Munchausen’s syndrome is a psychological and behavioural condition where someone pretends to be ill or induces symptoms of illness in themselves.
It is also sometimes known as factitious disorder.
People with the condition intentionally produce or pretend to have physical or psychological symptoms of illness.
Their main intention is to assume the “sick role” to have people care for them and be the centre of attention.
Any practical benefit for them in pretending to be sick – for example, claiming incapacity benefit – is not the reason for their behaviour.
Munchausen’s syndrome is named after a German aristocrat, Baron Munchausen, who became famous for telling wild, unbelievable tales about his exploits.
Types of behaviour
People with Munchausen’s syndrome can show different types of behaviour, including:
- pretending to have psychological symptoms – for example, claiming to hear voices or claiming to see things that are not really there
- pretending to have physical symptoms – for example, claiming to have chest pain or a stomach ache
- actively trying to get ill – such as deliberately infecting a wound by rubbing dirt into it
Some people with Munchausen’s syndrome may spend years travelling from hospital to hospital feigning a wide range of illnesses. When it is discovered they are lying, they may suddenly leave hospital and move to another area.
People with Munchausen’s syndrome can be very manipulative and, in the most serious cases, may undergo painful and sometimes life-threatening surgery, even though they know it is unnecessary.
Read more about the symptoms of Munchausen’s syndrome.
What causes Munchausen’s syndrome?
Munchausen’s syndrome is a complex and poorly understood condition. It is still unclear why people with the condition behave in the way they do.
Some experts have argued that Munchausen’s syndrome is a type of personality disorder.
Personality disorders are a type of mental health condition where an individual has a distorted pattern of thoughts and beliefs about themselves and others.
This leads them to behave in ways most people would regard as disturbed and abnormal.
Another theory is that the condition may be the result of parental neglect and abandonment, where only real or imagined illness gives them feelings of care.
Read more about the possible causes of Munchausen’s syndrome.
Treating Munchausen’s syndrome can be challenging, as most people with the condition refuse to admit they are faking illness.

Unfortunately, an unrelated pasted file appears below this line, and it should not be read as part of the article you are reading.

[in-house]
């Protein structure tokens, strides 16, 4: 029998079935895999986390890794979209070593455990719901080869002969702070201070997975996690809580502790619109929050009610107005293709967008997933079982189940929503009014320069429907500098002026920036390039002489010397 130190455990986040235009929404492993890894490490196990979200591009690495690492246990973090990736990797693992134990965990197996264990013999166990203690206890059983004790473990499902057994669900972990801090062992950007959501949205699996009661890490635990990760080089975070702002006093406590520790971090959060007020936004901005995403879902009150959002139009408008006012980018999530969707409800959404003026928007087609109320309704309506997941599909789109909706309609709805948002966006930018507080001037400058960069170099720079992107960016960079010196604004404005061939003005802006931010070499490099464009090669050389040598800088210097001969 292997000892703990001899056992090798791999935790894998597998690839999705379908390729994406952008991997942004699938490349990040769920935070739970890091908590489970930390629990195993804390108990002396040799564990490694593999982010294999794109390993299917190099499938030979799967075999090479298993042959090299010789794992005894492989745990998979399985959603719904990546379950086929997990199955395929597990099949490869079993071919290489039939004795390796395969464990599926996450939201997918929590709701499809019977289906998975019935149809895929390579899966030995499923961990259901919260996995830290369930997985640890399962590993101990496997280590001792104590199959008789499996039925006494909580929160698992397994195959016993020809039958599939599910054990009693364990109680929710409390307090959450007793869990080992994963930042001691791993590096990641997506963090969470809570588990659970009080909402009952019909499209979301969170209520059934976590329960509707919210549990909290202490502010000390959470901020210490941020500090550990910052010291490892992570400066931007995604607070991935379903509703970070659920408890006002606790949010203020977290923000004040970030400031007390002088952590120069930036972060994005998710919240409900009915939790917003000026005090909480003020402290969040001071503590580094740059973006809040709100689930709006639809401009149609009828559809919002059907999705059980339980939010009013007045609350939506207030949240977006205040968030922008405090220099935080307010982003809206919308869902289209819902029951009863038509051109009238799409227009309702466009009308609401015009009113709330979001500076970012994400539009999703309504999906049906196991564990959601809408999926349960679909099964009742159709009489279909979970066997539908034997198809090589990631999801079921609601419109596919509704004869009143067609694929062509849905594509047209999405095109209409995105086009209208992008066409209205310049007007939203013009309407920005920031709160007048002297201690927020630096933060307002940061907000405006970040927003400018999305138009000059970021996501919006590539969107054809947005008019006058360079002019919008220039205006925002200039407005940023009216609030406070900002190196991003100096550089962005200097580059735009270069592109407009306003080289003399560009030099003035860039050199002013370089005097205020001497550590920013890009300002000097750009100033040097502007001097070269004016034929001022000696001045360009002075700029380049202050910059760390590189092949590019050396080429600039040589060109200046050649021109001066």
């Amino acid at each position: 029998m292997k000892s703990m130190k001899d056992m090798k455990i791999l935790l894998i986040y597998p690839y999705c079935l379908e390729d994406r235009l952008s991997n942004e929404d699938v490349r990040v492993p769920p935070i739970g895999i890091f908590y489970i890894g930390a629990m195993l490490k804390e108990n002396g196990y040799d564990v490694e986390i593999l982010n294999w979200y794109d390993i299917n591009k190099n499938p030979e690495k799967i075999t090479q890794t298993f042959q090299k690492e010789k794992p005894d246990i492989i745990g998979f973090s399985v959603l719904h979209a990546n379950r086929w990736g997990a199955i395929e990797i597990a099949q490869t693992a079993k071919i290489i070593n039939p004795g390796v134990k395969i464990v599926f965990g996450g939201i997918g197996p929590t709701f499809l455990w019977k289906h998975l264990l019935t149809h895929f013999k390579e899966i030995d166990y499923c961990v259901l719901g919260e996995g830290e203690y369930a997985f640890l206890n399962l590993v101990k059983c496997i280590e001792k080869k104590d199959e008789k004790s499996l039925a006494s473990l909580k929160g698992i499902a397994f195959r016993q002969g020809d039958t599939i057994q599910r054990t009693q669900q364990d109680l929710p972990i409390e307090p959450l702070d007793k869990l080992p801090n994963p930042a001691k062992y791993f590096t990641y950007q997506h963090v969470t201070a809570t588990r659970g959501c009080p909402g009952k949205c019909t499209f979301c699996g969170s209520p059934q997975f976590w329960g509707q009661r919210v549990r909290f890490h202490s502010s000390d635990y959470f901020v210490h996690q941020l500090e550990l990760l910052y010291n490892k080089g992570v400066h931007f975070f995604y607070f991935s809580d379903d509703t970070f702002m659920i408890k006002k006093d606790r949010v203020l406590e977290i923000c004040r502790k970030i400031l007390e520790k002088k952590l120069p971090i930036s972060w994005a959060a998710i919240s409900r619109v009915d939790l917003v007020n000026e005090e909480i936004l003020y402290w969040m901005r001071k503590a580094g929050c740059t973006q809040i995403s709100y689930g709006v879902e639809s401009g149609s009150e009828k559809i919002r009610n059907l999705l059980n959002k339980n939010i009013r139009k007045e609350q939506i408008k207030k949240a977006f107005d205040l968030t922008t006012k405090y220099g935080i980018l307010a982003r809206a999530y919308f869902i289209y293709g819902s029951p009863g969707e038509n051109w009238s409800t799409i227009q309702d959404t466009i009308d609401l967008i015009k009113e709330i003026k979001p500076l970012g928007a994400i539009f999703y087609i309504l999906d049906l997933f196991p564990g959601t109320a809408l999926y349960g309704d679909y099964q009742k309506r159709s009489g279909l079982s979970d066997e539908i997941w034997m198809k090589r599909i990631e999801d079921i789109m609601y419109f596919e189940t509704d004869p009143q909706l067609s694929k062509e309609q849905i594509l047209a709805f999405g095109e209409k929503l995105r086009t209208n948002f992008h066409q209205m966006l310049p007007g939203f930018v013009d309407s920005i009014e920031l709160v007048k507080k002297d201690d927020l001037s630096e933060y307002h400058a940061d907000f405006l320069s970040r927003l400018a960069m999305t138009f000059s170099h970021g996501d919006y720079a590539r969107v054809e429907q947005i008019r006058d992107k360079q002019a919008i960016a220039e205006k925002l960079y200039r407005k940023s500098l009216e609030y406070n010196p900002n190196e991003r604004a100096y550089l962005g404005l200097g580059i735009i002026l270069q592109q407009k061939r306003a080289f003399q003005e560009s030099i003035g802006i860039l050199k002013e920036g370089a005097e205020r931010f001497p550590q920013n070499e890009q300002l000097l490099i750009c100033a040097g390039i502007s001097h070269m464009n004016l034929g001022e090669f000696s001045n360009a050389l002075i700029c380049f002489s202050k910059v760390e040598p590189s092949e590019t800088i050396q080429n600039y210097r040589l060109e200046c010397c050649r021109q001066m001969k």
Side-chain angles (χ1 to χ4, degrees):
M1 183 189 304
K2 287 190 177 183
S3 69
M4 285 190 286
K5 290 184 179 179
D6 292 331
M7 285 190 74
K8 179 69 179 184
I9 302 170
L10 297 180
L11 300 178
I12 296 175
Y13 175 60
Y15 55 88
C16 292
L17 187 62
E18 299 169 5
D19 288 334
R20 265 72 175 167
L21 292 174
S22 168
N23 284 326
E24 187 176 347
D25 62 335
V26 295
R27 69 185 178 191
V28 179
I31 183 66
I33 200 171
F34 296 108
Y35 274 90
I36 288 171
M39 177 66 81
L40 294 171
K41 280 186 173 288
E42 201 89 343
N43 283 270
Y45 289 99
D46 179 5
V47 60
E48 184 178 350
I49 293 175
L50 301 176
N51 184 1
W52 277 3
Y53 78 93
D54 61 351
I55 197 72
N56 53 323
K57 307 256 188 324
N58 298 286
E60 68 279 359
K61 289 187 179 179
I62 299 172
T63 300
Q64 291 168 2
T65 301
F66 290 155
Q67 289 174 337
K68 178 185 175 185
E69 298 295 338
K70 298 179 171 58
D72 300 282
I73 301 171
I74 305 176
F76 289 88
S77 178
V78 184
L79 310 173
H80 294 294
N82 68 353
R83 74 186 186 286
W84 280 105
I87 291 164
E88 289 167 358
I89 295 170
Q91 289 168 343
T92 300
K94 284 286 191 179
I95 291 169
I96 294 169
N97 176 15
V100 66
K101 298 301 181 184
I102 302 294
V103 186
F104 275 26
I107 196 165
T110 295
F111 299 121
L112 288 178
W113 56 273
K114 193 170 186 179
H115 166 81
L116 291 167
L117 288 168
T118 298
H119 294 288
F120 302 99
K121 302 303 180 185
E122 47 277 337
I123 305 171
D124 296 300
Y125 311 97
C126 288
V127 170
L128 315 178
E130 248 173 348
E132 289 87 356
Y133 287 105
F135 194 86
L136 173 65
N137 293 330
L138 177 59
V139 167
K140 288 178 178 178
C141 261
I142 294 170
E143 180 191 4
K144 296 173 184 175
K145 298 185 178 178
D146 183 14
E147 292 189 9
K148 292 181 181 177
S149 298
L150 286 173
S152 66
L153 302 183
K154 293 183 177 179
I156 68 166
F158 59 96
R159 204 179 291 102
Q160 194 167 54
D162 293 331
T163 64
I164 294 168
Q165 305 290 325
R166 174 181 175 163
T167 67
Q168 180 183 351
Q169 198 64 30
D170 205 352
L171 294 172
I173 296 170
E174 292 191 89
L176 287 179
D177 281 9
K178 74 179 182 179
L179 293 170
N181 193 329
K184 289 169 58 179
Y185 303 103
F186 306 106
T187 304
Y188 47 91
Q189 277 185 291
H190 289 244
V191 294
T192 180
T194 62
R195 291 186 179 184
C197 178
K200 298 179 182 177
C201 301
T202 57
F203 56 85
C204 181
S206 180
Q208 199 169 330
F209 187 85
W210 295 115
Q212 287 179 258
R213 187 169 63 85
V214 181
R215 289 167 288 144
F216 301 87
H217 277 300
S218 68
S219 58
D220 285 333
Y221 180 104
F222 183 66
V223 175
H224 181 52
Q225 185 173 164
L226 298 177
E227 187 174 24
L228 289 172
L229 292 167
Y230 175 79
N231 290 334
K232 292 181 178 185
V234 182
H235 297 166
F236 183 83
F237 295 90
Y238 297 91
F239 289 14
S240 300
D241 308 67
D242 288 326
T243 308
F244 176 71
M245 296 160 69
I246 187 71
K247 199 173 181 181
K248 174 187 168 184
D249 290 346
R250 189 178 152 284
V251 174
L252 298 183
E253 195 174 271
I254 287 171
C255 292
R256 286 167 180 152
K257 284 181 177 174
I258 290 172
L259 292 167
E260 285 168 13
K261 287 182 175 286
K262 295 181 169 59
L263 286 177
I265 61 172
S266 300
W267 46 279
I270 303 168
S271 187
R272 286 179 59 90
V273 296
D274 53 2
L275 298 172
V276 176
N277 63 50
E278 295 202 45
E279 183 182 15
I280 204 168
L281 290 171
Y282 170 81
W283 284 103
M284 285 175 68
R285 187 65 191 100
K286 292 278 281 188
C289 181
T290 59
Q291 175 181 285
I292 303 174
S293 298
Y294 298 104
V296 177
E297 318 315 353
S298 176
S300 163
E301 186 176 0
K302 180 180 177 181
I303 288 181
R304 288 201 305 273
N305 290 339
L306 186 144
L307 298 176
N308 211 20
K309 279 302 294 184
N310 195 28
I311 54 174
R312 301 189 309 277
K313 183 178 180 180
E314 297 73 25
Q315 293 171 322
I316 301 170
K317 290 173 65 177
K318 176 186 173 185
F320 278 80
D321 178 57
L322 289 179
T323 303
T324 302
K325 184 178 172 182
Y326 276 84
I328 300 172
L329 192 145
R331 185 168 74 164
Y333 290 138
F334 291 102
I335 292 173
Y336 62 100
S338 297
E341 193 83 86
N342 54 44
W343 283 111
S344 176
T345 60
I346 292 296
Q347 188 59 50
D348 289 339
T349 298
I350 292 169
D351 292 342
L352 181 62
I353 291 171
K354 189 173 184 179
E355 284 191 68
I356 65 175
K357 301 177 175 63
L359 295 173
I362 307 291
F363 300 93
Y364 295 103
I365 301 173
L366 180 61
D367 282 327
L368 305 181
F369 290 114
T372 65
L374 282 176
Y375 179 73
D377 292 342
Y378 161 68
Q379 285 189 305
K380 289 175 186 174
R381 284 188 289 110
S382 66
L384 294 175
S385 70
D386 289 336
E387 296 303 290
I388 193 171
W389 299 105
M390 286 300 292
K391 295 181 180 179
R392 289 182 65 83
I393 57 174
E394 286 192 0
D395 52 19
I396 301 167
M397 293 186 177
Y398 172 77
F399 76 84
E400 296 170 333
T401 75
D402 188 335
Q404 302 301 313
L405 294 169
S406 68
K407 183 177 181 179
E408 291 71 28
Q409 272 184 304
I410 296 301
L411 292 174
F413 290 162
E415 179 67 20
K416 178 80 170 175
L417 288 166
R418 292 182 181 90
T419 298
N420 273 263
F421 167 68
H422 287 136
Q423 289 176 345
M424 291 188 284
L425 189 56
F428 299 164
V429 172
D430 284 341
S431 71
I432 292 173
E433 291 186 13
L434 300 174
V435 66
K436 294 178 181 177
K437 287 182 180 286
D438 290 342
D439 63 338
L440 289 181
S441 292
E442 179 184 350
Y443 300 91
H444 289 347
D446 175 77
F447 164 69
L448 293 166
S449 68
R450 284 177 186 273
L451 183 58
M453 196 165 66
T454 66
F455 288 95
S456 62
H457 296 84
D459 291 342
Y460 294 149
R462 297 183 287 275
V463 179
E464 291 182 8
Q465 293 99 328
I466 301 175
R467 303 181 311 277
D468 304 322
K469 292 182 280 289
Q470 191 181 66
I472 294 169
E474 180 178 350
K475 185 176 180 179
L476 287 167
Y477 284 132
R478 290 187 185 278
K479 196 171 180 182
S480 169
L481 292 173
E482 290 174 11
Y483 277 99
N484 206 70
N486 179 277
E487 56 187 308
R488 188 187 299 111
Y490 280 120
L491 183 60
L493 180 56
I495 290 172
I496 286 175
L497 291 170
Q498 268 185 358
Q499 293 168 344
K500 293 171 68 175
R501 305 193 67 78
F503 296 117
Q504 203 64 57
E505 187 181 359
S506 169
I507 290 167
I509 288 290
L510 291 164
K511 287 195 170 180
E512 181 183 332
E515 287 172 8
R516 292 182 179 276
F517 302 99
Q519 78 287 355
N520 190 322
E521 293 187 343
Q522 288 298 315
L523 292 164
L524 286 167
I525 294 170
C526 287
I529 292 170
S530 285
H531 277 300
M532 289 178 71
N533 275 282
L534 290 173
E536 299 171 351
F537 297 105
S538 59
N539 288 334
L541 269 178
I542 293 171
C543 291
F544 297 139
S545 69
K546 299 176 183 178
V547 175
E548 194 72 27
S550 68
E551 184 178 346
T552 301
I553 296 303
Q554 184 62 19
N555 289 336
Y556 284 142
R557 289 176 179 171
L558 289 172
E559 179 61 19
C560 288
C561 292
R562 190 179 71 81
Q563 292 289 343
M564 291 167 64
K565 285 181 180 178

For those who do admit their behaviour is abnormal, talking therapies such as cognitive behavioural therapy can sometimes be effective.
Read more about the treatment of Munchausen’s syndrome.
Who is affected?
From the available case studies, there appear to be two relatively distinct groups of people affected by Munchausen’s syndrome:
- women aged 20 to 40 years old, who often have a background in healthcare, such as working as a nurse or a medical technician
- unmarried white men who are 30 to 50 years old
It is unclear why this is the case. It is also not known exactly how common Munchausen’s syndrome is.
Some experts believe it is underdiagnosed because many people with the condition succeed in deceiving medical staff. It is also possible cases may be overdiagnosed as the same person could use different identities.
A large study carried out in a Canadian hospital estimated that out of 1,300 patients, there were 10 who were faking symptoms of illness.
Symptoms of Munchausen’s syndrome
Symptoms and signs of Munchausen’s syndrome may include pretending to be ill or self-harming to aggravate or induce illness.
There are four main ways people with Munchausen’s syndrome fake or induce illnesses, including:
- lying about symptoms – for example, choosing symptoms that are difficult to disprove, such as having a severe headache or pretending to have a seizure (fit) or to pass out
- tampering with test results – for example, heating a thermometer to suggest a fever or adding blood to a urine sample
- self-infliction – for example, cutting or burning themselves, poisoning themselves with drugs, or eating food contaminated with bacteria